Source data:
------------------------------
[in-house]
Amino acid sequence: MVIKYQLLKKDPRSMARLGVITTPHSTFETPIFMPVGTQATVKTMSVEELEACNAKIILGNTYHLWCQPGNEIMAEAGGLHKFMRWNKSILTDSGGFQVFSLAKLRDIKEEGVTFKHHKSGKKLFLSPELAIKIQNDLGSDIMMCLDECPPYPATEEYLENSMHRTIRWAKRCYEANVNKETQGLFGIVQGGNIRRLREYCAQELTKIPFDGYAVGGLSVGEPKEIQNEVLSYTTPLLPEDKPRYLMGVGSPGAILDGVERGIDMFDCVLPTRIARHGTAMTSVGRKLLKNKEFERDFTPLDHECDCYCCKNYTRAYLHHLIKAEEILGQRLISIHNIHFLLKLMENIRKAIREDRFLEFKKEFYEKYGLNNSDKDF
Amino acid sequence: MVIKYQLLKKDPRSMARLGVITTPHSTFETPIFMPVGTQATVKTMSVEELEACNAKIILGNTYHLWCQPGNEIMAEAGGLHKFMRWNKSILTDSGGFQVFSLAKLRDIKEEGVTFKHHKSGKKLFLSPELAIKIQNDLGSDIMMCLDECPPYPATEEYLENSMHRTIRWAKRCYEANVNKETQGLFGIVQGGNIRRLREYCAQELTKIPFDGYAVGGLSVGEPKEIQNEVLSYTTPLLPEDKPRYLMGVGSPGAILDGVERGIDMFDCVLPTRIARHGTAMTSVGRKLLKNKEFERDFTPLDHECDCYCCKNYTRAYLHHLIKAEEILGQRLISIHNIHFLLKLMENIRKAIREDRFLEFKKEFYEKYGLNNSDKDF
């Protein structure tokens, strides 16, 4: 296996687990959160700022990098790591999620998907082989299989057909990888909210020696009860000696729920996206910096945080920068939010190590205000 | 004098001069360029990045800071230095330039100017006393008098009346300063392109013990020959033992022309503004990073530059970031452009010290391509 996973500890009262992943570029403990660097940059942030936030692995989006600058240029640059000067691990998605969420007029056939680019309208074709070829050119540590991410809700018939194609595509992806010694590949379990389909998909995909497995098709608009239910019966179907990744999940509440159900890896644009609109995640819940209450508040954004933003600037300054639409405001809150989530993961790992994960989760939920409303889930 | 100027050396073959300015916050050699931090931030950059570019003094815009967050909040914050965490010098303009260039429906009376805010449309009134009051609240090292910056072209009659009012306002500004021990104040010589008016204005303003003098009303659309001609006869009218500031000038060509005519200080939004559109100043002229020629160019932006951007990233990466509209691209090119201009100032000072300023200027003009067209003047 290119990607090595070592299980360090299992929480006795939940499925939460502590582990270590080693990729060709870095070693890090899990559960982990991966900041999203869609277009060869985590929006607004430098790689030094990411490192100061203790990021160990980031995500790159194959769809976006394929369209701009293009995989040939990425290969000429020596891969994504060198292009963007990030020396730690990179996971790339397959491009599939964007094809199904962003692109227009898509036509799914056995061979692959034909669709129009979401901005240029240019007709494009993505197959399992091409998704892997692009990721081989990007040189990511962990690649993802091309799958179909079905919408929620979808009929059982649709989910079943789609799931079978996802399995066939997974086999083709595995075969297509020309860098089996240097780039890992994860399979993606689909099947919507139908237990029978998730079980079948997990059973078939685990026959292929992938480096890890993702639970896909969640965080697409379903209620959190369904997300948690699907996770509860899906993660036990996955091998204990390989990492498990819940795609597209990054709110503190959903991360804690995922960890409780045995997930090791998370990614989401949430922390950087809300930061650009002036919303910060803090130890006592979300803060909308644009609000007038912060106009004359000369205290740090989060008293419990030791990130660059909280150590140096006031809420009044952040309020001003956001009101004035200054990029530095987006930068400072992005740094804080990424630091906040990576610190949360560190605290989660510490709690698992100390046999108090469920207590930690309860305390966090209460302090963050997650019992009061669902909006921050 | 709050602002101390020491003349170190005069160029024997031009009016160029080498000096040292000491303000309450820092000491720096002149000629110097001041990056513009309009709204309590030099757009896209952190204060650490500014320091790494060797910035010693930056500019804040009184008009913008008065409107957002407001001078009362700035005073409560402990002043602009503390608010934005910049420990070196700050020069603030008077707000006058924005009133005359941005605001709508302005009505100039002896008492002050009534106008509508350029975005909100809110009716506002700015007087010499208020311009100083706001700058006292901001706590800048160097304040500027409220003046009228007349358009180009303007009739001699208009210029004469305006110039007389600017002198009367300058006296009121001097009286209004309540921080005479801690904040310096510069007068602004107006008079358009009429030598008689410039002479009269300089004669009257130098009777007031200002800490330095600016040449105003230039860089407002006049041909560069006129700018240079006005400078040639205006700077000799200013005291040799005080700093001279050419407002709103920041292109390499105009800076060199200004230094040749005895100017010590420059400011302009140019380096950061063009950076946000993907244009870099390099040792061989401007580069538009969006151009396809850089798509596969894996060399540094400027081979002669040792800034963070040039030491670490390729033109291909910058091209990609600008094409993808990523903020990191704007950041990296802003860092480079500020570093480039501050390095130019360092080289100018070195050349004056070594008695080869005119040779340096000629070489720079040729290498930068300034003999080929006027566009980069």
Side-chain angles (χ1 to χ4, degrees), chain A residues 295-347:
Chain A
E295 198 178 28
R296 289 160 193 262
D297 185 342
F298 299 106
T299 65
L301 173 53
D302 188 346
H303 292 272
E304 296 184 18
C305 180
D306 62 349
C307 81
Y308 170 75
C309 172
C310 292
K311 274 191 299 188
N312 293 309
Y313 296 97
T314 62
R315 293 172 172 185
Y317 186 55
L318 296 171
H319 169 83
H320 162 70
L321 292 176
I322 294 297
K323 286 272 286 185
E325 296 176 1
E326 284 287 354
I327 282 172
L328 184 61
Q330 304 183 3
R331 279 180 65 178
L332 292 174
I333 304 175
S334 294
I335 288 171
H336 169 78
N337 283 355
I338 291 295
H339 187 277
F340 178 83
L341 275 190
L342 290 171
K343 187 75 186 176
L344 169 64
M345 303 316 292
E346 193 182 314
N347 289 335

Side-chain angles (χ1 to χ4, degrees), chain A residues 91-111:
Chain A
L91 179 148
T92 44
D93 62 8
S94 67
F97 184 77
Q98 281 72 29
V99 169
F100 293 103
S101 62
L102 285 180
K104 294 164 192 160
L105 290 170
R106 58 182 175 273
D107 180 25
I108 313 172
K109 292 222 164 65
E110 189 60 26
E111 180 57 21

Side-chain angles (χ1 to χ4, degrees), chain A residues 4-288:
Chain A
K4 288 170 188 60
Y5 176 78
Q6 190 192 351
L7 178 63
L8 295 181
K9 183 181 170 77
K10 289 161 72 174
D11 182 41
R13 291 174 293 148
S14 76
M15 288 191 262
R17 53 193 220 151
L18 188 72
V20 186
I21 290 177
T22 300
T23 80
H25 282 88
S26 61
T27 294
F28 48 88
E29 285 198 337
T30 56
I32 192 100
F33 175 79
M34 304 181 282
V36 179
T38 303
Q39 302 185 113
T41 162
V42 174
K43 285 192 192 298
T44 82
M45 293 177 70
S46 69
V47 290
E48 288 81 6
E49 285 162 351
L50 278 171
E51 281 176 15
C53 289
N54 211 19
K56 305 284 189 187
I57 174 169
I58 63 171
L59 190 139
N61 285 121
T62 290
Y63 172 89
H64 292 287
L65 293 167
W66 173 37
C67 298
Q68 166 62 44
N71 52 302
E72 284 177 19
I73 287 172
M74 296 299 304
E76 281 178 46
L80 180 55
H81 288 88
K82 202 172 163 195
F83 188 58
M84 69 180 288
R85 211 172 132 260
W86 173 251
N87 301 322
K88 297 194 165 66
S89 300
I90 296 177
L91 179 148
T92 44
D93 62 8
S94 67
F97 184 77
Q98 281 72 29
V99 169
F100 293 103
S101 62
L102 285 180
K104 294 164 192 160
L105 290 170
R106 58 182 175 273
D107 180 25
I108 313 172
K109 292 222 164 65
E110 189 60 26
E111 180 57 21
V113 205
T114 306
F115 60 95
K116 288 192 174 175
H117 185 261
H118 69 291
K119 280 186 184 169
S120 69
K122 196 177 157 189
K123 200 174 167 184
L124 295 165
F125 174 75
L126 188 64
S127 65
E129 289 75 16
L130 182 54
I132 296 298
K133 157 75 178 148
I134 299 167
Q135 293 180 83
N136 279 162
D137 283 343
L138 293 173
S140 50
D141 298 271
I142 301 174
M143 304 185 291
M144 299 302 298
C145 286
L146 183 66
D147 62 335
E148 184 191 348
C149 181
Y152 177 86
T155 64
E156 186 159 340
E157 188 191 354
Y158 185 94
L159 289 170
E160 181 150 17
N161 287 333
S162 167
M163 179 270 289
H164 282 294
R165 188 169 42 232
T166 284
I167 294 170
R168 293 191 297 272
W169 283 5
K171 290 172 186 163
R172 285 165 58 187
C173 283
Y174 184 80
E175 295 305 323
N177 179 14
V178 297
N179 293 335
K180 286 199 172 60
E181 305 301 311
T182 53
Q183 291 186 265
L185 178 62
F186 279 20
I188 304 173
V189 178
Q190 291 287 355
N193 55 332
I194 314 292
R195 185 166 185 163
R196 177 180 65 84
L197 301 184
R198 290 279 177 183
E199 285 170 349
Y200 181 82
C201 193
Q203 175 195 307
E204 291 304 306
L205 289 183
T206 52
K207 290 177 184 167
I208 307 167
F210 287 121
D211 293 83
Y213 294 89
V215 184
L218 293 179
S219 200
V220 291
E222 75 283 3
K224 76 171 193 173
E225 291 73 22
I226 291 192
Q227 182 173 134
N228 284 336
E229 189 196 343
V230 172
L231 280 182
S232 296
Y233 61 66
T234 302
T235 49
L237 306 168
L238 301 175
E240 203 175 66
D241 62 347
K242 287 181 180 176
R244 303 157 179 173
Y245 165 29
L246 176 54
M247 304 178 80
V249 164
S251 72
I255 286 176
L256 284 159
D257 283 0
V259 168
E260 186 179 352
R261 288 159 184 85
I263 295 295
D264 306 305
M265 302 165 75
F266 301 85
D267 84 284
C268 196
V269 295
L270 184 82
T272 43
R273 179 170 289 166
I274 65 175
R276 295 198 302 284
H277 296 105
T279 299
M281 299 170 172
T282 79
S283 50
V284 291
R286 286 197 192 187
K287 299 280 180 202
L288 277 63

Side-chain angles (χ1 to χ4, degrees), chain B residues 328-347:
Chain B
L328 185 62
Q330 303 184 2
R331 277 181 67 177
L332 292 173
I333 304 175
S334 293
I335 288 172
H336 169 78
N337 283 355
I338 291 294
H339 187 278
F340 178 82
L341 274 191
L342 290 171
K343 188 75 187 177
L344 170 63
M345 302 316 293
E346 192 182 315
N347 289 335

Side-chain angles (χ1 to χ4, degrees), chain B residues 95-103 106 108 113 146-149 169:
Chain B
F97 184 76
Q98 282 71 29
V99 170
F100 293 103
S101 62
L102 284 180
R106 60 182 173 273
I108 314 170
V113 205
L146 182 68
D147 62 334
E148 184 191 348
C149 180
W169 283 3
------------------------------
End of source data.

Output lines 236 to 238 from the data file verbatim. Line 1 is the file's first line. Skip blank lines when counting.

L197 301 184
R198 290 279 177 183
E199 285 170 349